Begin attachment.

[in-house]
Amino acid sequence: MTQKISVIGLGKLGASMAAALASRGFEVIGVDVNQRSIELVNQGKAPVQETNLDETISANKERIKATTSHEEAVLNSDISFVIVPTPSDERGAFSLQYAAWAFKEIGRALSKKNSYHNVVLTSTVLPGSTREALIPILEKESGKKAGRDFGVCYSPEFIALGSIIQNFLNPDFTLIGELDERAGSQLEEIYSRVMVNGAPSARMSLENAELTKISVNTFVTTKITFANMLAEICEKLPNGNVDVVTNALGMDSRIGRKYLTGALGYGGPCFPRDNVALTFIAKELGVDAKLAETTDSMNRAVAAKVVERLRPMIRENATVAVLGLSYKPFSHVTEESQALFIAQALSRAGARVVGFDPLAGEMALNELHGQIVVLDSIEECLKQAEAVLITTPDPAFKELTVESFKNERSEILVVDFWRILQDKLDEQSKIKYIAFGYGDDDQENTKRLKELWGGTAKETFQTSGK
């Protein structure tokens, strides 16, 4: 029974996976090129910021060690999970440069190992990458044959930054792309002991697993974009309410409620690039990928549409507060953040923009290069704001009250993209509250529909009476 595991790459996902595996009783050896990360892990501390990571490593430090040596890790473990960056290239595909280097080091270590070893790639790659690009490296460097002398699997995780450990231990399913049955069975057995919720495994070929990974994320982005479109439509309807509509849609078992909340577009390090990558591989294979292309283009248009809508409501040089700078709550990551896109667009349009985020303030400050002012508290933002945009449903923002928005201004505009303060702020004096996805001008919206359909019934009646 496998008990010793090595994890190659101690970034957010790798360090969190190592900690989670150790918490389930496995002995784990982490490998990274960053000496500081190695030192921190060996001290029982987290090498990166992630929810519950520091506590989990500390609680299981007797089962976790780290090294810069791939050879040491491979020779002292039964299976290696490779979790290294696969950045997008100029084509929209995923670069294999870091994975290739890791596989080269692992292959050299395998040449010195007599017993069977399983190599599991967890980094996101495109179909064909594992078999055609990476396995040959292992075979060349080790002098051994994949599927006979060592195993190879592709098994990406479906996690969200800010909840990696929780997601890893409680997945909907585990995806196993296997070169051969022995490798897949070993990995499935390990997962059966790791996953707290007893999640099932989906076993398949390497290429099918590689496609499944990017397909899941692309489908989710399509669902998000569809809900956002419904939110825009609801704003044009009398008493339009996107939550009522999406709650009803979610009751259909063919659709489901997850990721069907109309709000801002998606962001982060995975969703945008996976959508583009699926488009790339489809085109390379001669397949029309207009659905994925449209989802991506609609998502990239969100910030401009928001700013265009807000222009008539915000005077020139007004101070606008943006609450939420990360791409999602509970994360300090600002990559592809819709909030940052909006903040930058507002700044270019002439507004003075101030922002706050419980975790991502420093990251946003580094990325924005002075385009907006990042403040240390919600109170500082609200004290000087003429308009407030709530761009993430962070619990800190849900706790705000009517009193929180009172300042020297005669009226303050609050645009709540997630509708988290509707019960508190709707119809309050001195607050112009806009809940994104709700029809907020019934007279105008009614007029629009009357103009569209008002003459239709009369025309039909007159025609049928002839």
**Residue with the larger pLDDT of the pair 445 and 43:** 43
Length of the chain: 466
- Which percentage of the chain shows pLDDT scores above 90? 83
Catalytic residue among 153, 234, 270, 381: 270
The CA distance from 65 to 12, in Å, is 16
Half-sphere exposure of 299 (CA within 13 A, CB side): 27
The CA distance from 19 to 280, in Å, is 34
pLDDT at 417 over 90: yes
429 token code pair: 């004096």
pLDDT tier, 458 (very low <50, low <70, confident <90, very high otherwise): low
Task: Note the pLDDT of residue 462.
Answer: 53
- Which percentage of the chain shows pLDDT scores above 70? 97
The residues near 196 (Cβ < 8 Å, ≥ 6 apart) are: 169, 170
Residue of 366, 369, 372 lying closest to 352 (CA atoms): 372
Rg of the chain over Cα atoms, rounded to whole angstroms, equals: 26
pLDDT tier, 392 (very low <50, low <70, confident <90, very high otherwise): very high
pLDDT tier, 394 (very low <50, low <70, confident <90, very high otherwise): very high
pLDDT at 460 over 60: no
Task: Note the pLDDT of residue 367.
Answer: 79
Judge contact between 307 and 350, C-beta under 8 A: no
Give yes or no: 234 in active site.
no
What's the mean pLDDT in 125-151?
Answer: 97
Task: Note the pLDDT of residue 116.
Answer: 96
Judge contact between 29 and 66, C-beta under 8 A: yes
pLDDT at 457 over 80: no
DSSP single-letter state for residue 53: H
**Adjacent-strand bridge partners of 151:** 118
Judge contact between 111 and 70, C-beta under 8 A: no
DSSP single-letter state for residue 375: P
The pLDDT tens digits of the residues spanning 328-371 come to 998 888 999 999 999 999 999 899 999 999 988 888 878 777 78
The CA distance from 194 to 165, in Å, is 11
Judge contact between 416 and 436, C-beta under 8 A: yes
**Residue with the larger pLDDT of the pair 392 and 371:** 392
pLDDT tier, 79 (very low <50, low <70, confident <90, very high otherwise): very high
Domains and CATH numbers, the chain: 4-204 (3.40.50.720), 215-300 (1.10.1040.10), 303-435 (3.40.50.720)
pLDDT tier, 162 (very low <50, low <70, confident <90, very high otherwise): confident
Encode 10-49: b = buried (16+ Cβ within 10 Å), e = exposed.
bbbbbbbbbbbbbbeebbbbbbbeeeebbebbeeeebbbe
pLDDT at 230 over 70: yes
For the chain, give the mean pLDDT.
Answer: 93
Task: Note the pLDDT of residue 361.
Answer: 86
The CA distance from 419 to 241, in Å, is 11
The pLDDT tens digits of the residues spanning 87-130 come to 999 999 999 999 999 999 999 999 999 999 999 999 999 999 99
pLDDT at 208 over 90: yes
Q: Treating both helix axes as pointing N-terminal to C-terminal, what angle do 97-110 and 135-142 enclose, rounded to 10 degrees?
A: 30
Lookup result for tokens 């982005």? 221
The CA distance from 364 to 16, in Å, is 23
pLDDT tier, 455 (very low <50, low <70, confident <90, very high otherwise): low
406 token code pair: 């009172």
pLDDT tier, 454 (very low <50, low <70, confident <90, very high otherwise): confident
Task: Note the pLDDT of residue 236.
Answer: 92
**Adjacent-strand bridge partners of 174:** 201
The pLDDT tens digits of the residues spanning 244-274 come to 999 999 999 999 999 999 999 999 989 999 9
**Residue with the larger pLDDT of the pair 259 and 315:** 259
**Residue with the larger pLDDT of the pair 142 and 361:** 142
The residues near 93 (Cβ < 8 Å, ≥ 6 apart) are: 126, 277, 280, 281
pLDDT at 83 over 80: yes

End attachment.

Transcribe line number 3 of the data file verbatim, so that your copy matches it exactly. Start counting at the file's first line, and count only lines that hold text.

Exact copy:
């Protein structure tokens, strides 16, 4: 029974996976090129910021060690999970440069190992990458044959930054792309002991697993974009309410409620690039990928549409507060953040923009290069704001009250993209509250529909009476 595991790459996902595996009783050896990360892990501390990571490593430090040596890790473990960056290239595909280097080091270590070893790639790659690009490296460097002398699997995780450990231990399913049955069975057995919720495994070929990974994320982005479109439509309807509509849609078992909340577009390090990558591989294979292309283009248009809508409501040089700078709550990551896109667009349009985020303030400050002012508290933002945009449903923002928005201004505009303060702020004096996805001008919206359909019934009646 496998008990010793090595994890190659101690970034957010790798360090969190190592900690989670150790918490389930496995002995784990982490490998990274960053000496500081190695030192921190060996001290029982987290090498990166992630929810519950520091506590989990500390609680299981007797089962976790780290090294810069791939050879040491491979020779002292039964299976290696490779979790290294696969950045997008100029084509929209995923670069294999870091994975290739890791596989080269692992292959050299395998040449010195007599017993069977399983190599599991967890980094996101495109179909064909594992078999055609990476396995040959292992075979060349080790002098051994994949599927006979060592195993190879592709098994990406479906996690969200800010909840990696929780997601890893409680997945909907585990995806196993296997070169051969022995490798897949070993990995499935390990997962059966790791996953707290007893999640099932989906076993398949390497290429099918590689496609499944990017397909899941692309489908989710399509669902998000569809809900956002419904939110825009609801704003044009009398008493339009996107939550009522999406709650009803979610009751259909063919659709489901997850990721069907109309709000801002998606962001982060995975969703945008996976959508583009699926488009790339489809085109390379001669397949029309207009659905994925449209989802991506609609998502990239969100910030401009928001700013265009807000222009008539915000005077020139007004101070606008943006609450939420990360791409999602509970994360300090600002990559592809819709909030940052909006903040930058507002700044270019002439507004003075101030922002706050419980975790991502420093990251946003580094990325924005002075385009907006990042403040240390919600109170500082609200004290000087003429308009407030709530761009993430962070619990800190849900706790705000009517009193929180009172300042020297005669009226303050609050645009709540997630509708988290509707019960508190709707119809309050001195607050112009806009809940994104709700029809907020019934007279105008009614007029629009009357103009569209008002003459239709009369025309039909007159025609049928002839």